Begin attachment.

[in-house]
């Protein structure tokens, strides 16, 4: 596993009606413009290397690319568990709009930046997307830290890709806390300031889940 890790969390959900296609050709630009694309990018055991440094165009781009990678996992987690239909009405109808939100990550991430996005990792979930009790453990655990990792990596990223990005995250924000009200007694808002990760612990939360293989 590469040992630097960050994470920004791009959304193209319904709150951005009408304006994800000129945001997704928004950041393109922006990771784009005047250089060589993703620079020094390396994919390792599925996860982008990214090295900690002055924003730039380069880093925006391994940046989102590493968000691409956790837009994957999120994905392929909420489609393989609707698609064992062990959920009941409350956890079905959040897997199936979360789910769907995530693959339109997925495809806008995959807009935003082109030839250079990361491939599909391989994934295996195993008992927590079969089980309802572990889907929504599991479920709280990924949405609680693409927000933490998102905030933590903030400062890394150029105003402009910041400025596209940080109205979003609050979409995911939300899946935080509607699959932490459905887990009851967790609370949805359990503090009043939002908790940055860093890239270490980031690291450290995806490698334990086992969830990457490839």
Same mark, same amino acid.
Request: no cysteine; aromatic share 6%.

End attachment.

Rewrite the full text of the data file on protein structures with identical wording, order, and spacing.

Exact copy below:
[in-house]
């Protein structure tokens, strides 16, 4: 596993009606413009290397690319568990709009930046997307830290890709806390300031889940 890790969390959900296609050709630009694309990018055991440094165009781009990678996992987690239909009405109808939100990550991430996005990792979930009790453990655990990792990596990223990005995250924000009200007694808002990760612990939360293989 590469040992630097960050994470920004791009959304193209319904709150951005009408304006994800000129945001997704928004950041393109922006990771784009005047250089060589993703620079020094390396994919390792599925996860982008990214090295900690002055924003730039380069880093925006391994940046989102590493968000691409956790837009994957999120994905392929909420489609393989609707698609064992062990959920009941409350956890079905959040897997199936979360789910769907995530693959339109997925495809806008995959807009935003082109030839250079990361491939599909391989994934295996195993008992927590079969089980309802572990889907929504599991479920709280990924949405609680693409927000933490998102905030933590903030400062890394150029105003402009910041400025596209940080109205979003609050979409995911939300899946935080509607699959932490459905887990009851967790609370949805359990503090009043939002908790940055860093890239270490980031690291450290995806490698334990086992969830990457490839």
Same mark, same amino acid.
Request: no cysteine; aromatic share 6%.